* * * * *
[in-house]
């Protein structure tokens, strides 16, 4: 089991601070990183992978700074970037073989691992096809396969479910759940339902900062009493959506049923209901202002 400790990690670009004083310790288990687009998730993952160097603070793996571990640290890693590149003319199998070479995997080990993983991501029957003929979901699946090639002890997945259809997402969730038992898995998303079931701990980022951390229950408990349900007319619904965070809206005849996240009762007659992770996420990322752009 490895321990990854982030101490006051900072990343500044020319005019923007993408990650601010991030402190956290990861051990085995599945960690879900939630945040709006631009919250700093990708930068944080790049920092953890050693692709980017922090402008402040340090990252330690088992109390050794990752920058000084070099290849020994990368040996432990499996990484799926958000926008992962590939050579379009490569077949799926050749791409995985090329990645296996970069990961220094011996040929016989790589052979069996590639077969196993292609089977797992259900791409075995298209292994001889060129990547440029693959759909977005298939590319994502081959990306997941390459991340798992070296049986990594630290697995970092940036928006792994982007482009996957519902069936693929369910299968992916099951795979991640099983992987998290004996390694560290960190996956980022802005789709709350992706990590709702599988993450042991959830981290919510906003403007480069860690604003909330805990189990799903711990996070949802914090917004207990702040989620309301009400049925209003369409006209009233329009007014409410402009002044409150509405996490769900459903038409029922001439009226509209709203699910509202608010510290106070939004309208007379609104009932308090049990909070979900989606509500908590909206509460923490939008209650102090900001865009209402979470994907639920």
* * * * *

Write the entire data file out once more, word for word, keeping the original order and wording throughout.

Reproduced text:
[in-house]
């Protein structure tokens, strides 16, 4: 089991601070990183992978700074970037073989691992096809396969479910759940339902900062009493959506049923209901202002 400790990690670009004083310790288990687009998730993952160097603070793996571990640290890693590149003319199998070479995997080990993983991501029957003929979901699946090639002890997945259809997402969730038992898995998303079931701990980022951390229950408990349900007319619904965070809206005849996240009762007659992770996420990322752009 490895321990990854982030101490006051900072990343500044020319005019923007993408990650601010991030402190956290990861051990085995599945960690879900939630945040709006631009919250700093990708930068944080790049920092953890050693692709980017922090402008402040340090990252330690088992109390050794990752920058000084070099290849020994990368040996432990499996990484799926958000926008992962590939050579379009490569077949799926050749791409995985090329990645296996970069990961220094011996040929016989790589052979069996590639077969196993292609089977797992259900791409075995298209292994001889060129990547440029693959759909977005298939590319994502081959990306997941390459991340798992070296049986990594630290697995970092940036928006792994982007482009996957519902069936693929369910299968992916099951795979991640099983992987998290004996390694560290960190996956980022802005789709709350992706990590709702599988993450042991959830981290919510906003403007480069860690604003909330805990189990799903711990996070949802914090917004207990702040989620309301009400049925209003369409006209009233329009007014409410402009002044409150509405996490769900459903038409029922001439009226509209709203699910509202608010510290106070939004309208007379609104009932308090049990909070979900989606509500908590909206509460923490939008209650102090900001865009209402979470994907639920």